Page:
Tailor’s scissors

Made by Rochus Heinisch & Co in Newark, New Jersey, United States of America, c. 1914.

The craft of tailoring gradually developed in Europe from the twelfth century. In Australia, tailors were once a common sight in country towns and suburban main streets. Before the 1800s a suit ‘made to order’ was reserved for the wealthy. By the late 1800s increasing numbers of Australian working men had at least one good suit as a sign of respectability. Suits could be purchased ready-made, made to measure from a local tailor or the fabric and style could be chosen at a men’s wear store and th...


Scissors, metal, made by R Heinisch, Newark, New Jersey, United States of America, c. 1949, used by Ron Gillman, Wagga Wagga, New South Wales, Australia, 1949-2003

A pair of 12 inch metal scissors. There are remnants of black paint around the handle. Engraved on one side is a maker's stamp of a decorative A, B and C. Engraved on the other side is: 'R. HEINISCH', 'WARK, N.J. U.S.A.'.


96 mm
22 mm


Made by R. Heinisch, Wark, New Jersey, United States of America.

Rochus Heinisch & Co produced his patented steel bladed/iron scissors in Newark, NJ from around 1835-1914. In 1914 his company was purchased by J.Wiss & Sons Co. It is likely therefore that the scissors (Purchased from an older tailor around 1919) were made before 1914. (information supplied by a member of the public, Feb 2008)
Rochus Heinisch & Co c. 1914


This pair of scissors came from Ron Gillman's tailor shop in Wagga Wagga. Ron was a third generation tailor. His grandfather, Joseph Gillman was a master tailor who arrived in the Riverina in 1883 from England. He established a tailoring business in the same year at Cootamundra and later in Hillston, Narrandera and Lockhart. Joseph and his wife had eight children, three of them boys. The three sons joined Joseph in his business and he taught them the trade. Two of the sons, Joseph Jnr and Maxwell opened a tailoring shop at 216 Baylis St Wagga Wagga in 1918. After eighteen months Joseph Jnr decided to start his own business and Maxwell carried on at Baylis St as M M Gillman. In 1932 Maxwell's son, Ron, went to work for his father at age 14 during the height of the Depression. During 1938 the business moved next door to 214 Baylis Street and in 1946 the business name was changed to M M Gillman & Son. Maxwell retired in 1949 and Ron took over the business.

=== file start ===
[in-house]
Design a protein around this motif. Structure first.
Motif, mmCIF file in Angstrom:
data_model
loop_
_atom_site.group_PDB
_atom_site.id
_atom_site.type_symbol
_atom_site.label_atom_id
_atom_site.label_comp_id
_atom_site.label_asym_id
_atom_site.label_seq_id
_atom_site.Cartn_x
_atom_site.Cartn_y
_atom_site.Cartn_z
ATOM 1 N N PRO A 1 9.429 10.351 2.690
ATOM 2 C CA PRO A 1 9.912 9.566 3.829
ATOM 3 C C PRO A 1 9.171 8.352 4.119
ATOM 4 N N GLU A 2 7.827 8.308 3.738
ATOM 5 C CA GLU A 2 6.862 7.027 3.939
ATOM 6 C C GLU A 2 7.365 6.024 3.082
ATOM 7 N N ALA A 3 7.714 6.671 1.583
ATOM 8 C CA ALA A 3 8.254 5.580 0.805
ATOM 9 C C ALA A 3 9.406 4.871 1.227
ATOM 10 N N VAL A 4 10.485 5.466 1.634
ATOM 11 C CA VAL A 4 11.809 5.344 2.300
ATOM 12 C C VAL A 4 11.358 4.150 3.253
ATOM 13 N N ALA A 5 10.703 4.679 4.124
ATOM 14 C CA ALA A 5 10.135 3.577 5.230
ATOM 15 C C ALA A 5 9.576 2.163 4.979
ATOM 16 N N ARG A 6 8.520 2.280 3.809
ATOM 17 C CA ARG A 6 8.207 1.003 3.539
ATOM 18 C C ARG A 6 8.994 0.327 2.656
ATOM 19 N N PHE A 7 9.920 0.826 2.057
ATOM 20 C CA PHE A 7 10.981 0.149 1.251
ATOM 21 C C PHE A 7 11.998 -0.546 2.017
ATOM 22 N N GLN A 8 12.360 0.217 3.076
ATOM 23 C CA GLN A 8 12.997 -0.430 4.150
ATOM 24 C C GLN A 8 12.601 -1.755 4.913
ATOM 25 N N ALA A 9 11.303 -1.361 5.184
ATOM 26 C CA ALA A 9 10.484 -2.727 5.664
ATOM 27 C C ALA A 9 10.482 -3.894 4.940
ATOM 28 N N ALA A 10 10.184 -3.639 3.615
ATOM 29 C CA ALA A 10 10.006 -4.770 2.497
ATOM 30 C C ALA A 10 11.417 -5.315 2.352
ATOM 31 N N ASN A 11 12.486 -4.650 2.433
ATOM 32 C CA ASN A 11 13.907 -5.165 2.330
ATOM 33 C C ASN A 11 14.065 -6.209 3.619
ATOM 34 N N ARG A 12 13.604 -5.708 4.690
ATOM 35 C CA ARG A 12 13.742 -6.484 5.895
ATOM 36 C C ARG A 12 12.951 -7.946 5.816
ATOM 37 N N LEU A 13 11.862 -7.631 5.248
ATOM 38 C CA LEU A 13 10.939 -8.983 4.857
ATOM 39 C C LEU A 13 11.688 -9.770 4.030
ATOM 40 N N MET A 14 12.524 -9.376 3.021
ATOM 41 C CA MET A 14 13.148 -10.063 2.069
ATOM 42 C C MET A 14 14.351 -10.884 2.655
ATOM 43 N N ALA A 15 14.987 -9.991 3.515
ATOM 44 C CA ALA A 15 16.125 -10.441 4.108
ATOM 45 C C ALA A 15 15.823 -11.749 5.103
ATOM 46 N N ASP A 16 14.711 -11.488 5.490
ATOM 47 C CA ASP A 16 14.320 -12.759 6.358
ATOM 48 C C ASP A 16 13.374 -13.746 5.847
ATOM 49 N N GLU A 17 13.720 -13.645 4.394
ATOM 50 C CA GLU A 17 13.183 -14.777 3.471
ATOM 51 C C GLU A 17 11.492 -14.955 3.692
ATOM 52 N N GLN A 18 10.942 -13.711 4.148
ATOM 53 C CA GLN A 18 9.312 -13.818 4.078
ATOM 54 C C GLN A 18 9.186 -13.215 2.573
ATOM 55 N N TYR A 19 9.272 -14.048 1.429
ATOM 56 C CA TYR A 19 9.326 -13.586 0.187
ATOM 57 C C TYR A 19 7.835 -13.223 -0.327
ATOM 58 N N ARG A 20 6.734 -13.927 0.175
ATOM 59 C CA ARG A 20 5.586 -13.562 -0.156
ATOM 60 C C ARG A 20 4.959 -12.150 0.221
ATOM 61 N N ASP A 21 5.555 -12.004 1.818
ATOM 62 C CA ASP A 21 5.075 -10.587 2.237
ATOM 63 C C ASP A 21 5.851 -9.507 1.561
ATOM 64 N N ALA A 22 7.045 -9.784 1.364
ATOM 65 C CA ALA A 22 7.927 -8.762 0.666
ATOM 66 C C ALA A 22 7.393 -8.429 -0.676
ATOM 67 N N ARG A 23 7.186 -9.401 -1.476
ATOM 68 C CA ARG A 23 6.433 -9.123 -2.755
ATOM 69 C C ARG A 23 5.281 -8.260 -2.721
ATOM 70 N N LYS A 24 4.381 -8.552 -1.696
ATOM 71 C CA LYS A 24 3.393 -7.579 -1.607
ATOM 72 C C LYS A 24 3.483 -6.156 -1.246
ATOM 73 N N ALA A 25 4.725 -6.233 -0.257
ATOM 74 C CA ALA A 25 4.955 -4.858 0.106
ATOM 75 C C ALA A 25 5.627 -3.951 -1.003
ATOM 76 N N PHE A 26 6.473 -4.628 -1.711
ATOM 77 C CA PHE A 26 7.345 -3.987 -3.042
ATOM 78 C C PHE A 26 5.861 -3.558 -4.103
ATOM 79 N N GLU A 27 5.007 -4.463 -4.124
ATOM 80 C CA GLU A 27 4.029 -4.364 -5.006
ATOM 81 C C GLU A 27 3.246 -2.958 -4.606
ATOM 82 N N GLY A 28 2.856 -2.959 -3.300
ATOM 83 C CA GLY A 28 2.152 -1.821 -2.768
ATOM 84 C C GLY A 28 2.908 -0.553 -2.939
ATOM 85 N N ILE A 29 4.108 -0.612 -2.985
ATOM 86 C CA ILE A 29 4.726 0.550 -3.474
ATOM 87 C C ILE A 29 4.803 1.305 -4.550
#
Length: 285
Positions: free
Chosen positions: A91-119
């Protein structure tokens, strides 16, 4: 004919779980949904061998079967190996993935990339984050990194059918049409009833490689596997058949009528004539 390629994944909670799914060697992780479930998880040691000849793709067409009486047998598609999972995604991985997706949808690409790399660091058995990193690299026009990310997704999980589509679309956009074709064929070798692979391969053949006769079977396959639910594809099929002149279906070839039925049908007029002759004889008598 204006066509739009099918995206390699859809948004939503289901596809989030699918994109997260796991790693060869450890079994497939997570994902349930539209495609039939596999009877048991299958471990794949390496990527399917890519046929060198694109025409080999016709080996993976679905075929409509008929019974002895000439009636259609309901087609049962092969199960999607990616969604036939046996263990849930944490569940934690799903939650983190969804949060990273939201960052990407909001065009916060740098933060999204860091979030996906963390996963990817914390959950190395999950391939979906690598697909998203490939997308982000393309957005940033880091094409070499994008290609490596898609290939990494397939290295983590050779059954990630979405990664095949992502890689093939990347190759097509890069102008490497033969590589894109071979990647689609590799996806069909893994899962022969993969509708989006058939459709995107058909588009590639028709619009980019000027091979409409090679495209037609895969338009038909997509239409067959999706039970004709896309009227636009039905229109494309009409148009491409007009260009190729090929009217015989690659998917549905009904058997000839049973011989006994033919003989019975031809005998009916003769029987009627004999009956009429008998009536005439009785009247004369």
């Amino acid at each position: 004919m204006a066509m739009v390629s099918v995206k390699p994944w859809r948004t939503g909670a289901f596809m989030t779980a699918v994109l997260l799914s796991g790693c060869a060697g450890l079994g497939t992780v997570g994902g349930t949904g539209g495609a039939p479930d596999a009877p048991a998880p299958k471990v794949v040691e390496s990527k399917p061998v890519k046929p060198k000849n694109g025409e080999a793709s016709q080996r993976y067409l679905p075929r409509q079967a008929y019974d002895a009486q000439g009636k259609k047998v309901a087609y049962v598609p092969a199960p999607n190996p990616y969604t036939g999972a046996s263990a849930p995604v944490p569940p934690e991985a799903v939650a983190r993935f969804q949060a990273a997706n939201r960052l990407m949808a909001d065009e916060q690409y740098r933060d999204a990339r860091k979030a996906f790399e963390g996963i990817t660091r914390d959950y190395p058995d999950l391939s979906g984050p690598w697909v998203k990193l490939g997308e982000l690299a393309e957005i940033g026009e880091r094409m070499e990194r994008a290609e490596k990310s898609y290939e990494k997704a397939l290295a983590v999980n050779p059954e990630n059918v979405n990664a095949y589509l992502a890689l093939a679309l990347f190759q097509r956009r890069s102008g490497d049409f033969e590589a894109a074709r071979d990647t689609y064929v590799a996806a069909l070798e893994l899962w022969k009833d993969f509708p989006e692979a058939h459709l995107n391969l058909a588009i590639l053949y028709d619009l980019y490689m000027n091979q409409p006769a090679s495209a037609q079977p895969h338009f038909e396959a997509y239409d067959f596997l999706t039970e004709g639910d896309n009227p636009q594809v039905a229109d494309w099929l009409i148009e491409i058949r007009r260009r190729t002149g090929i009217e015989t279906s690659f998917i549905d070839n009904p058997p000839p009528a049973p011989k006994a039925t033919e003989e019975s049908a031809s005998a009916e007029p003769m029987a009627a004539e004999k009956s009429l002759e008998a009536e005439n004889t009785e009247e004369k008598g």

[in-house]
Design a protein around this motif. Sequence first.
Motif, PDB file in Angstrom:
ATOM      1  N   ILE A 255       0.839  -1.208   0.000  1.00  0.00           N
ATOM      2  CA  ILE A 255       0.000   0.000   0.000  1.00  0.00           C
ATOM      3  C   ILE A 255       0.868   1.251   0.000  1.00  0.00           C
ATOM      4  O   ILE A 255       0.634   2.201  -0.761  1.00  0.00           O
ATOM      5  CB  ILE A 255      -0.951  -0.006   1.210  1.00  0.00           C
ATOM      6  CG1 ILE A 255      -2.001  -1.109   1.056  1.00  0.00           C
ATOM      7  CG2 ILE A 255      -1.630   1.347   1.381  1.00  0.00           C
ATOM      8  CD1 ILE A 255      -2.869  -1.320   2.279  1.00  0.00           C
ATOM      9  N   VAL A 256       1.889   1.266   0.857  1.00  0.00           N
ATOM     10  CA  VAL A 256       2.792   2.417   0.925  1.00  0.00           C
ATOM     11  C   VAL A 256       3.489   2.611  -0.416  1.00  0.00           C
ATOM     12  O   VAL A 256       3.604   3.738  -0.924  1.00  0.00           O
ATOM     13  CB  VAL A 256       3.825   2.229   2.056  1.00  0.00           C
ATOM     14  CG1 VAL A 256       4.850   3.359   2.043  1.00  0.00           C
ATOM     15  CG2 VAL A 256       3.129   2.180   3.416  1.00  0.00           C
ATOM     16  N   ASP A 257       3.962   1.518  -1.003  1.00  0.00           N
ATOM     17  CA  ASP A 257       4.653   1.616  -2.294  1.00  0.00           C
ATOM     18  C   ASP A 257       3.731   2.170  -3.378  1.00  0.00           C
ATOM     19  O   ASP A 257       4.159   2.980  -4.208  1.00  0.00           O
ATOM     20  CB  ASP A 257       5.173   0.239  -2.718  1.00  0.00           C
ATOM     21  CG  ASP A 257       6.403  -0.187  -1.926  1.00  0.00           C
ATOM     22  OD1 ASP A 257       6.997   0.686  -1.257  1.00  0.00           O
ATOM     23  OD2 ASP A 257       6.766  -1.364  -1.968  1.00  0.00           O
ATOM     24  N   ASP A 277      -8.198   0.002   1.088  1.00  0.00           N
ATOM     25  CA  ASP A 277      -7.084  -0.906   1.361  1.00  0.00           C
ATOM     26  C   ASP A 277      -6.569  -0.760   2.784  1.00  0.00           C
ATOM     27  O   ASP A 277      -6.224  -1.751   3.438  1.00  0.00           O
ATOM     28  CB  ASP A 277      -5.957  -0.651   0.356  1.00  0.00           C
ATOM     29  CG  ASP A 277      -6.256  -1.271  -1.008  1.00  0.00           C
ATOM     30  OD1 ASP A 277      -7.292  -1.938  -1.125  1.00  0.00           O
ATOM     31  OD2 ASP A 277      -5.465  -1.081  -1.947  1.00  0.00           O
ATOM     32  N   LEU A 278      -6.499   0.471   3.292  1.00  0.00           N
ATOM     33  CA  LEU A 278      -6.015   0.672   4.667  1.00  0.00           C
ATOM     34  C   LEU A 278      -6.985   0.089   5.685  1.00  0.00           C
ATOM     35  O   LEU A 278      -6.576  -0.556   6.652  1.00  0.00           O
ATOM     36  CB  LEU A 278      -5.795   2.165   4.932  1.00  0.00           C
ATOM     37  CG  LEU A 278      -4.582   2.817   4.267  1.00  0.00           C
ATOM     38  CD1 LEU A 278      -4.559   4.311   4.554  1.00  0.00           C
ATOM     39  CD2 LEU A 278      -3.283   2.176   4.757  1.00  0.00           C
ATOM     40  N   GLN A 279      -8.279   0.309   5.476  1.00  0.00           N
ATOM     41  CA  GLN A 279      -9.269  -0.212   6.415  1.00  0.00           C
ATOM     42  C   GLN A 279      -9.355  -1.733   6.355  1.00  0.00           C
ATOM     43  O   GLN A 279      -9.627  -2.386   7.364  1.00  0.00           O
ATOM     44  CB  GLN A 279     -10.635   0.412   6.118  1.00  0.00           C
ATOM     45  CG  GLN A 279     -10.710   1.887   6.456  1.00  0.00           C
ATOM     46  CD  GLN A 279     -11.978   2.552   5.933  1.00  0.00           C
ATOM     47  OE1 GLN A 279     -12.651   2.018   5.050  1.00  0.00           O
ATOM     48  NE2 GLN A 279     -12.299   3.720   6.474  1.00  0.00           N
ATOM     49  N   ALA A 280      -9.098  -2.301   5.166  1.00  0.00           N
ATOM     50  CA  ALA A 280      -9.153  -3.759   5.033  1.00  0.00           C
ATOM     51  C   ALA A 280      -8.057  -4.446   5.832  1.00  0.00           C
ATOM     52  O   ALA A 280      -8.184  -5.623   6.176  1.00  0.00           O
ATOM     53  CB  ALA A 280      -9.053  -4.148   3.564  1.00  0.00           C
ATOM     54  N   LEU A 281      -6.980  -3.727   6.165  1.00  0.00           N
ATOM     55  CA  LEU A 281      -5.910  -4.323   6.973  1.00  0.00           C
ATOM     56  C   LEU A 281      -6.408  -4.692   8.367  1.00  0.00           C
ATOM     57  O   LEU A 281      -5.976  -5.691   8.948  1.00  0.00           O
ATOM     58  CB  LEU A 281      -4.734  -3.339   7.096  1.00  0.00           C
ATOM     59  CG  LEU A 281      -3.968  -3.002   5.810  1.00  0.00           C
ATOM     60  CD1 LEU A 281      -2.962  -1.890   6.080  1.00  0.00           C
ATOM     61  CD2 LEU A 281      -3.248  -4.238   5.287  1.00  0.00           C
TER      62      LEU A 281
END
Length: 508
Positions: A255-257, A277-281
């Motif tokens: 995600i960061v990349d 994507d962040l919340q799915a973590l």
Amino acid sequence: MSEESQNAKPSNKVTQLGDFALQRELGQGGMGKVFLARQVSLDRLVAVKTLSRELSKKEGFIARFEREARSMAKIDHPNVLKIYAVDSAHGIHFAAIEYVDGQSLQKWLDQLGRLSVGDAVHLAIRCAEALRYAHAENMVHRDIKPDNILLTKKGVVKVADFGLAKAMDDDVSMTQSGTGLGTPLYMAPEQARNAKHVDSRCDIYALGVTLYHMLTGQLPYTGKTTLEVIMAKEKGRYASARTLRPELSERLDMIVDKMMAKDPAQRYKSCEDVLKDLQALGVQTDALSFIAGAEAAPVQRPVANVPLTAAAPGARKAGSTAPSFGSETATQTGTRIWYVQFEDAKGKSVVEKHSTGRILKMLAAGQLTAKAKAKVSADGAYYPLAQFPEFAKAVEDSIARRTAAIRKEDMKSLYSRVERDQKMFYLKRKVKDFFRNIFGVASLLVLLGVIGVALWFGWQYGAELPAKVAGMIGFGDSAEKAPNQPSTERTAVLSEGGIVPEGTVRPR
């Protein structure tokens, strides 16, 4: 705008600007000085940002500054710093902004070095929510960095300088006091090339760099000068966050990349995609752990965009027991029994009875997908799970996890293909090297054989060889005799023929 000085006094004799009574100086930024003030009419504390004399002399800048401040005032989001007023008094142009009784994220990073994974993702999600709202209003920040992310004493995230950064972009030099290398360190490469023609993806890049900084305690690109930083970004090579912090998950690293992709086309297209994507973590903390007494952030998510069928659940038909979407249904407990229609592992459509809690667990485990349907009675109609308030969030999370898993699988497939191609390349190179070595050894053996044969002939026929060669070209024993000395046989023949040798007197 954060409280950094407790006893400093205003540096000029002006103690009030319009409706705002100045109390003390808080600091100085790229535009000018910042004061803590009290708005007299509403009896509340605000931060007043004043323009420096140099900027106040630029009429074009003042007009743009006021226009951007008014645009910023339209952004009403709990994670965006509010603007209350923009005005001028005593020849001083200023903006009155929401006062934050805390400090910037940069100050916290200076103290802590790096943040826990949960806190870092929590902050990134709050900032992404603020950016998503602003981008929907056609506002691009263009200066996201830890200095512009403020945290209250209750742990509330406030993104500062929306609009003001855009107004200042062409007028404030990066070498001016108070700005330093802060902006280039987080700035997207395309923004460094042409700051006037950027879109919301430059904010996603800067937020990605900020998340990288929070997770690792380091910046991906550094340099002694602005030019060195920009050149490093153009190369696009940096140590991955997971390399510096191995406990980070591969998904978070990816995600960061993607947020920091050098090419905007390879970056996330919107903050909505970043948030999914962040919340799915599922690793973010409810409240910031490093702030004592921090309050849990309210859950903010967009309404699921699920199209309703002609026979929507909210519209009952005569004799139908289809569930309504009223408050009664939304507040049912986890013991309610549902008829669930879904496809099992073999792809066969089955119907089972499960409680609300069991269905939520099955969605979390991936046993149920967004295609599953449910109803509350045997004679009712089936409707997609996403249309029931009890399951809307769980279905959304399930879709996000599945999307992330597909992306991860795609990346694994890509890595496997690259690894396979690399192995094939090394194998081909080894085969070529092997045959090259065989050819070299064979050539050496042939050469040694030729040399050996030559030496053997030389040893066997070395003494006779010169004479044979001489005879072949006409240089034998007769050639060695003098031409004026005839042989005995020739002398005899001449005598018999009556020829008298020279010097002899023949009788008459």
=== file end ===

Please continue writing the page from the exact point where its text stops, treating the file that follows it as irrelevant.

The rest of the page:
Ron was trained to cut but did not do so until his father retired in 1949. Work done in the tailor shop was strictly divided along clear lines. For example, only the men did the 'tailoring' which was the hand sewing. The women were employed to machine sew straight seams and their wages were about half that of the men. There were eight people, the highest ever number, working in the shop in 1940. These included Maxwell, Ron and six women, two of whom were Ron's sisters.

Half of Ron's clients were farmers and half were working men. Professionals in the area took their tailoring requirements to Sydney. Much of a tailor's profit came from selling the material to make the suit. If a customer supplied the material profits were reduced. Ron said: 'that's the cream ... selling the material was the cream, making the job was the skim milk.' Prices were based on a day for a tailor to make a pair of trousers and four days for a two-piece suit.

Ron was a high class tailor. The styles of suits, jackets and pants that he made remained conservative over his career. Tailors sat cross-legged on their work bench, supporting the garment on their knees while they finished off by hand. Ron's workroom and those of his father and grandfather were behind the retail area that was at the front of the shop.

In 1970 Ron moved to the Nelso Arcade at 117 Baylis Street and he took as much of the old shop as he could. In 1992 he made his last suit, however he kept his shop open for alterations until November 2003 when he closed up shop.

Ron bought these scissors in 1949 from an older tailor. He used them throughout his career. He used them for cutting out. He also used 10'' scissors. Tailors often had their own pair of scissors for cutting.
Gillman, Maxwell 1918-2003


Gift of Ron Gillman, 2007
17 September, 2007

Cite this Object

Tailor's scissors 2014, Museum of Applied Arts & Sciences, accessed 19 November 2017, <https://ma.as/367017>
{{cite web |url=https://ma.as/367017 |title=Tailor's scissors |author=Museum of Applied Arts & Sciences |access-date=19 November 2017 |publisher=Museum of Applied Arts & Sciences, Australia}}
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